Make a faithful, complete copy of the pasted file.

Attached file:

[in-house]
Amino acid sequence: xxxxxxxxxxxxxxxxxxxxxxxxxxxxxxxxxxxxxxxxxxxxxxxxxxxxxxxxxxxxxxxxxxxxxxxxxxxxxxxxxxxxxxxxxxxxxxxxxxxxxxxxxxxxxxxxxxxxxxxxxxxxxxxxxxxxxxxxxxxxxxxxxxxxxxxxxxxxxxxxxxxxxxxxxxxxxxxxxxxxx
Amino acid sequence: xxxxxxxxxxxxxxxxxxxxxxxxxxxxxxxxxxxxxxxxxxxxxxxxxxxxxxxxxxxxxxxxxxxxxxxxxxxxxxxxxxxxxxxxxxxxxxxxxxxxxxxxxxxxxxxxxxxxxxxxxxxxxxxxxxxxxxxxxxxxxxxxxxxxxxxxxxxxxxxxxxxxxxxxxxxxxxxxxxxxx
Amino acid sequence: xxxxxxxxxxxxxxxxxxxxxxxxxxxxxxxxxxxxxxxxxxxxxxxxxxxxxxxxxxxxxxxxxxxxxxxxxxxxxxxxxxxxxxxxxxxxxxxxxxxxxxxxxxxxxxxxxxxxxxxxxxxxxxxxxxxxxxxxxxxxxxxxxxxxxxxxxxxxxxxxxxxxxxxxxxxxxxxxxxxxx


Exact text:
[in-house]
Amino acid sequence: xxxxxxxxxxxxxxxxxxxxxxxxxxxxxxxxxxxxxxxxxxxxxxxxxxxxxxxxxxxxxxxxxxxxxxxxxxxxxxxxxxxxxxxxxxxxxxxxxxxxxxxxxxxxxxxxxxxxxxxxxxxxxxxxxxxxxxxxxxxxxxxxxxxxxxxxxxxxxxxxxxxxxxxxxxxxxxxxxxxxx
Amino acid sequence: xxxxxxxxxxxxxxxxxxxxxxxxxxxxxxxxxxxxxxxxxxxxxxxxxxxxxxxxxxxxxxxxxxxxxxxxxxxxxxxxxxxxxxxxxxxxxxxxxxxxxxxxxxxxxxxxxxxxxxxxxxxxxxxxxxxxxxxxxxxxxxxxxxxxxxxxxxxxxxxxxxxxxxxxxxxxxxxxxxxxx
Amino acid sequence: xxxxxxxxxxxxxxxxxxxxxxxxxxxxxxxxxxxxxxxxxxxxxxxxxxxxxxxxxxxxxxxxxxxxxxxxxxxxxxxxxxxxxxxxxxxxxxxxxxxxxxxxxxxxxxxxxxxxxxxxxxxxxxxxxxxxxxxxxxxxxxxxxxxxxxxxxxxxxxxxxxxxxxxxxxxxxxxxxxxxx